While for many parents gender-neutral parenting is about removing gender stereotypes and fighting inequality, some parents are choosing to ditch the concept of gender altogether by keeping their child’s biological sex private from the public until the child makes a decision on how they identify.
Gen Zers are most familiar with non-binary pronouns and expressions, and more and more new gens are rejecting the gender binary themselves. Raising children as gender-neutral can provide them with a safe space and allow them freedom of expression without any restrictions.
This month sees the launch of Enby, a new, gender-neutral sex toy. Wild Flower, an independent sex shop based in Brooklyn, has designed the toy in-house. Founded by Amy and Nick Boyajian, both of whom identify as non-binary, Enby is their first own-brand toy, named after the common shorthand for non-binary people, NB, pronounced ‘enby’.
As a retailer, Wild Flower is committed to inclusive and sensitive attitudes toward sex. The shop’s website has a blog with sections dedicated to “mindfulness & sex” and “non-monogamous relationships”, for example. On its Instagram, it features a gorgeous range of individuals—people of all ages, genders and sizes—as well as some hilarious memes. Wild Flower’s merchandise reads: “Trust Yourself, Feel Yourself, Touch Yourself, Please Yourself, Hear Yourself, Know Yourself, Fuck Yourself, Love Yourself”.
Much of the sex industry is still surprisingly gendered, often unnecessarily. Identical toys might be packaged and marketed entirely differently in order to appeal to women and men. Online, toys are generally categorised into ‘for him’ and ‘for her’, even though, to be blunt, a dildo is a dildo, regardless of the user’s gender.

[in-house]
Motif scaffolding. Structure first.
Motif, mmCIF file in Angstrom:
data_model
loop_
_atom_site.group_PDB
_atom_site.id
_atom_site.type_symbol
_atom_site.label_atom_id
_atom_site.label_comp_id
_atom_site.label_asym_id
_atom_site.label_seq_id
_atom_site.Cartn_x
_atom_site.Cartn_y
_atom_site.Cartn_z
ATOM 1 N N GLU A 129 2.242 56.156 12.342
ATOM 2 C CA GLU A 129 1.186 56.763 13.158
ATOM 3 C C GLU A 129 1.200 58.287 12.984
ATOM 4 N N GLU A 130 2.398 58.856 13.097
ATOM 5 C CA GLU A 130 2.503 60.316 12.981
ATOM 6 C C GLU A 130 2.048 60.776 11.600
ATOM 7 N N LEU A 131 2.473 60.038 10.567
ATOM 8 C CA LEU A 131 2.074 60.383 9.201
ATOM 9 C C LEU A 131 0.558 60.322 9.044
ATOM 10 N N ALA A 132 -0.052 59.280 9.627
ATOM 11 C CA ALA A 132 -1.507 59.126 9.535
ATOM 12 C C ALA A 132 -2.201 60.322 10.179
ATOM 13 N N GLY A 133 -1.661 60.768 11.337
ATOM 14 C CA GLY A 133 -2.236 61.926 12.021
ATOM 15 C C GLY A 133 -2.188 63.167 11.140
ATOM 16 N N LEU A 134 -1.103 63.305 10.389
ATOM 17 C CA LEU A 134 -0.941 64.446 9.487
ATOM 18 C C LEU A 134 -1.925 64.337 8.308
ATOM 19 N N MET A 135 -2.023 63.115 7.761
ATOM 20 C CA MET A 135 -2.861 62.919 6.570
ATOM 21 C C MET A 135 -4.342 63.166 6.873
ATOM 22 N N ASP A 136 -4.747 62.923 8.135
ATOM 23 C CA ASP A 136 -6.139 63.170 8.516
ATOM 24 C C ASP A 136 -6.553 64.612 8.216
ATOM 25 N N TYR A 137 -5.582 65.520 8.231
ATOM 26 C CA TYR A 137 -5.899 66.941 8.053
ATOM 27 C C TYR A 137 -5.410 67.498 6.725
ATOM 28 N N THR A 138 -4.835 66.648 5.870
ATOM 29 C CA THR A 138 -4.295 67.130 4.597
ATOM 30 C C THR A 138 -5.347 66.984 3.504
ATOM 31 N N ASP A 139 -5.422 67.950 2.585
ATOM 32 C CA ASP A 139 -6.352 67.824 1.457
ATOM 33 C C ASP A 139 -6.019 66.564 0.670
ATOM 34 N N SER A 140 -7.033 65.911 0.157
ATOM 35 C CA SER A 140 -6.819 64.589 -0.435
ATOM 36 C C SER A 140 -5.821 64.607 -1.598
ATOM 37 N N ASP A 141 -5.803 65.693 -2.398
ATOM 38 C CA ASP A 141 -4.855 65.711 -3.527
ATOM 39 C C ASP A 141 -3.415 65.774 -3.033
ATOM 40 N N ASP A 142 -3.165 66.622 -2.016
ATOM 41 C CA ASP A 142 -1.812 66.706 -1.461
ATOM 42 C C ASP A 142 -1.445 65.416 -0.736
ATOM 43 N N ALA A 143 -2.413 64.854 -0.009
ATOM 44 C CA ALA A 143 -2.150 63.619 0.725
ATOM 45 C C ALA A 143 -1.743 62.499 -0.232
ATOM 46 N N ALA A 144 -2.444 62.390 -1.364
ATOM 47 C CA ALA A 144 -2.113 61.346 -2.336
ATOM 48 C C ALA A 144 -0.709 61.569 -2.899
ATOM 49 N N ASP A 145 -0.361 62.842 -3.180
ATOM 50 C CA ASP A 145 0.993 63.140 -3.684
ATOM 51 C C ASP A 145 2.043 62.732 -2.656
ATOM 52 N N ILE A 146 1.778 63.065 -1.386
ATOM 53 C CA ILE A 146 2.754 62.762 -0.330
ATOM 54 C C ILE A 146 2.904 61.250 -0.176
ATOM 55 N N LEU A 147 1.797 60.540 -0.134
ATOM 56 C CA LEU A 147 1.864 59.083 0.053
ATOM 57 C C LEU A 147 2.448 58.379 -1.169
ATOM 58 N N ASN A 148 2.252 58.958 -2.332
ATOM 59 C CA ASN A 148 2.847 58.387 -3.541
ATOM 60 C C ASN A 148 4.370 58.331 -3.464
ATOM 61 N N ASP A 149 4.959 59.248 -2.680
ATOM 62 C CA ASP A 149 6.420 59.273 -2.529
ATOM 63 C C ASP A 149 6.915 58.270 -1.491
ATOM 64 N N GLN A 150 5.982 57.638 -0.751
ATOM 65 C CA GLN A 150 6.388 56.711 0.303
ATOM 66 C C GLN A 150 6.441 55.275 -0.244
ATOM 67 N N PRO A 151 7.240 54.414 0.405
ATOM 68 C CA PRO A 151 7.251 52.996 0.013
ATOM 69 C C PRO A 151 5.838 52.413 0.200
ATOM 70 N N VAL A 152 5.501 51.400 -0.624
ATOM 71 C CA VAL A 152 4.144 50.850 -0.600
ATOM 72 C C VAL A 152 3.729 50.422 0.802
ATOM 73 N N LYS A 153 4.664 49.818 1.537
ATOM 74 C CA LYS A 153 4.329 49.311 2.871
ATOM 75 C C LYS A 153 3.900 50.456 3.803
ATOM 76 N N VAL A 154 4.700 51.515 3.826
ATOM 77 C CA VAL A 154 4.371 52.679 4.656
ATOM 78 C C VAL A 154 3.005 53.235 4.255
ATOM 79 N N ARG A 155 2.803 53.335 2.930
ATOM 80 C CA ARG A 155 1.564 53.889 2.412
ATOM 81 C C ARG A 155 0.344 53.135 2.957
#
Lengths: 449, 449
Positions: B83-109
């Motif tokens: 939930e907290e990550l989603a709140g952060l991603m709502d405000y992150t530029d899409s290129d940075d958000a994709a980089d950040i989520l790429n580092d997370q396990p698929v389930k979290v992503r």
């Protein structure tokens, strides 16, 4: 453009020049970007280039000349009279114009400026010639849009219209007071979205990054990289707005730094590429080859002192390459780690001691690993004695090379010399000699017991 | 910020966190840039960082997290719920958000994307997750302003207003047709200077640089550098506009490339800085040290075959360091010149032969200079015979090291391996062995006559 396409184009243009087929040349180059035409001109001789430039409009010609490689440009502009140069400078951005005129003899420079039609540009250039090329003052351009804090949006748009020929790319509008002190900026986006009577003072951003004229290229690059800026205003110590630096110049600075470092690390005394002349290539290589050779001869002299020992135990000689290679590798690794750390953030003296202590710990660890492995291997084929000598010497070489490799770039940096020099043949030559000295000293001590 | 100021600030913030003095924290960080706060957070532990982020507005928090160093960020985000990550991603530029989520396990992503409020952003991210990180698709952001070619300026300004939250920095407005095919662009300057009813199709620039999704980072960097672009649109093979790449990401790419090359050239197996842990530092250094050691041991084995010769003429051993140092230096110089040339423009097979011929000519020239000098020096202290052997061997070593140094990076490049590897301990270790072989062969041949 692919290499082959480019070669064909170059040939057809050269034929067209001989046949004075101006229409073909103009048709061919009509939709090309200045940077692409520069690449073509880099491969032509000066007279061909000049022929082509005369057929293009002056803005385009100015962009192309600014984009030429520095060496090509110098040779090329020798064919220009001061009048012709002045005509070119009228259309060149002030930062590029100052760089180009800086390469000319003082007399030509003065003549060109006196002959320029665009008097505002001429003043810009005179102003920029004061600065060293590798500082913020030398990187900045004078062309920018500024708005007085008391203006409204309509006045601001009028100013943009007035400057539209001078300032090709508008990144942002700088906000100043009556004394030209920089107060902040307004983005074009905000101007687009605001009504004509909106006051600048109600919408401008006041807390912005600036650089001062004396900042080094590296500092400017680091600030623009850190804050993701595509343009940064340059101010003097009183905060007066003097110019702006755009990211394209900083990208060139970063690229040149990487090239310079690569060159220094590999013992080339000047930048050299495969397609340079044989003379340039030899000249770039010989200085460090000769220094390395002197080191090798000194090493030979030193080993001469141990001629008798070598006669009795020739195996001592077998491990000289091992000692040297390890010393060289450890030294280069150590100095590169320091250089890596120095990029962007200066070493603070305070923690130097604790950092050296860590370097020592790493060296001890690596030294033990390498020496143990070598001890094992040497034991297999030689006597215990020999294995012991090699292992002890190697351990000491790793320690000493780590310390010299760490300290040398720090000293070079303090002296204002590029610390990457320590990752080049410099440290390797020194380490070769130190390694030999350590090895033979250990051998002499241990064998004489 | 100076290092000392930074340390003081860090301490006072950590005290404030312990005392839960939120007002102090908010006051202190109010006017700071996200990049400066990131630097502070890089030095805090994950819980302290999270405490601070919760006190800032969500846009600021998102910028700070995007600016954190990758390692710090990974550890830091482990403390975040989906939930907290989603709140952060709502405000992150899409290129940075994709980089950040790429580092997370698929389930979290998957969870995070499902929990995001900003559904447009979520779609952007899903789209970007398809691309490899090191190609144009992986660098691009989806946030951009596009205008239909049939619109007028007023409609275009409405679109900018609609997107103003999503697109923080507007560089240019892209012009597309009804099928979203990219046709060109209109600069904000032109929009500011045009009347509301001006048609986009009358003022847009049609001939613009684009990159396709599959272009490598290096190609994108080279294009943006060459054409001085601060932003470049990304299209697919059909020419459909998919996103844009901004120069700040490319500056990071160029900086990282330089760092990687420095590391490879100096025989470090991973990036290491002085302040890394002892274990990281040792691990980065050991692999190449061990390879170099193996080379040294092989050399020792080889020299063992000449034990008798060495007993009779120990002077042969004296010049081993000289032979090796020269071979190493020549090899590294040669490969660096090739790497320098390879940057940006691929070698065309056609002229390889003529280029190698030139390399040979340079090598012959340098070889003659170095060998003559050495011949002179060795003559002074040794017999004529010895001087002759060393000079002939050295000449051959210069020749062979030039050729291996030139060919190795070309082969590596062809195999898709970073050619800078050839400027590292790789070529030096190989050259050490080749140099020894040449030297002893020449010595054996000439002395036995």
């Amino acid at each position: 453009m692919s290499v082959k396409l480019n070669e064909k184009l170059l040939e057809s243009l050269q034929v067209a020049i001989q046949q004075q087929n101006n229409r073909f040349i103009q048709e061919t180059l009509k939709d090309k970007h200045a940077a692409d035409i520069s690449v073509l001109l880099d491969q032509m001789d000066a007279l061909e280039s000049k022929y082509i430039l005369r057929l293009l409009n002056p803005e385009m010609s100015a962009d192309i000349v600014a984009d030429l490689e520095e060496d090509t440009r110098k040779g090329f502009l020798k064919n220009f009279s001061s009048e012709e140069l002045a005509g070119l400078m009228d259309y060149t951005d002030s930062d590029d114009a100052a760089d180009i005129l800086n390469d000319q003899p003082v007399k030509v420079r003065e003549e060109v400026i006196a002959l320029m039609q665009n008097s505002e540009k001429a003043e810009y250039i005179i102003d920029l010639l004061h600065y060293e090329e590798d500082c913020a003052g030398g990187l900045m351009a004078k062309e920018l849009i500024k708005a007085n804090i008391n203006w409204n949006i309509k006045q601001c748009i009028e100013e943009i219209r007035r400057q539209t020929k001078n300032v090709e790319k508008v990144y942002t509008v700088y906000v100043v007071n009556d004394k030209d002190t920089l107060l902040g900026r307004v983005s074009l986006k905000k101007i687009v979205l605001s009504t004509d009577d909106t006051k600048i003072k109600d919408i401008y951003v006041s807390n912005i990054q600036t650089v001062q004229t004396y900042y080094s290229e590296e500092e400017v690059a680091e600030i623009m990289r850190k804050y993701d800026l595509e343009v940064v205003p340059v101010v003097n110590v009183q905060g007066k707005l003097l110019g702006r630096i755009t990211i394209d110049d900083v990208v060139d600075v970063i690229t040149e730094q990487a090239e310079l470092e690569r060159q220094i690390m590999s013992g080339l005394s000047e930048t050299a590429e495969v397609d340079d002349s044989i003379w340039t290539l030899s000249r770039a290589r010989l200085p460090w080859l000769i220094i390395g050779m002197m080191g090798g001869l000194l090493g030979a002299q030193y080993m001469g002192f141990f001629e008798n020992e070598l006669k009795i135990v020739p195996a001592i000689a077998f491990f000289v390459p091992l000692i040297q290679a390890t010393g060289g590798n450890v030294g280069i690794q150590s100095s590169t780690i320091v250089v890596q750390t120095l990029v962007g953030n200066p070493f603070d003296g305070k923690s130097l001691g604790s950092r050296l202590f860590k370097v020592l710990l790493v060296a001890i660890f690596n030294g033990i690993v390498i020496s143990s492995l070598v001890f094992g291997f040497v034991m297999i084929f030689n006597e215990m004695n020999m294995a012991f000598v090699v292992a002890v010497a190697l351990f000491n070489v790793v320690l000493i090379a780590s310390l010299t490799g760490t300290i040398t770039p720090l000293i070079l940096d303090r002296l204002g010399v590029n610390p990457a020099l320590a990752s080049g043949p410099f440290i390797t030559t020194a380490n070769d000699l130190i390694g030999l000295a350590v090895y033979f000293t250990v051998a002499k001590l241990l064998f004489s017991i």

Slowly but surely, however, more options are becoming available for trans and non-binary people, designed with diverse bodies and queer pleasure in mind. Amy and Nick consulted various members of the LGBTQ community while developing their toy. One trans friend of theirs complained about how she had thrown away all of her sex toys after her surgery, because they were no longer compatible with her body. Other trans people have explained how they often resort to toys not marketed at their gender identity, which can worsen existing gender dysphoria.
Enby looks somewhat unusual, unlike any other toy on the market, but this just demonstrates its innovation. It is something different and new. It’s available in black and deep purple, colours chosen for being gender-neutral, especially compared to the pinks and reds that dominate the market. The Enby can be humped, used to masturbate, tucked into a harness. “Hump it, stroke it, tuck it, share it”, reads the product page—it’s like a dirty Bop It.
Enby might not be the first toy to claim the title of being gender-neutral. PicoBong launched the Transformer in 2014, offering “millions of sex toys in one” with its product description listing the sex toy’s possibilities, “It’s a rabbit vibe, a clitoral massager, a cock-ring, a G-spot stimulator, a prostate massager, a double-ended vibe, and much more”. However, its success was debatable. One review summarised, “In trying to create a sex toy that can be used by everyone, PicoBong made a sex toy that is useful to no one”.
The Enby, meanwhile, has received stellar reviews so far, with an average of 4.89 stars out of 5 and comments such as “A game changer” and “Super validating”. Enby is available to pre-order and ships from the U.S. at the end of July. I discovered it myself last month at a community market in Manhattan. I now regret not investigating further at the time.
An online review at Allure recommended the Enby to a transgender man, concluding with: “Overall, I’d recommend Enby for anyone, regardless of gender or genitalia. As with any other sex toy, you’ll have to play around with it to determine how it best works for your body, but it’s absolutely worth it once you find that sweet spot”.
Enby represents a new direction for the sex toy industry, one that is more open, diverse and inclusive. Just like in the porn industry, small, independent brands are inevitably leading the way, but with such positive results, hopefully bigger brands will follow suit. After all, everybody—and every body—deserves pleasure.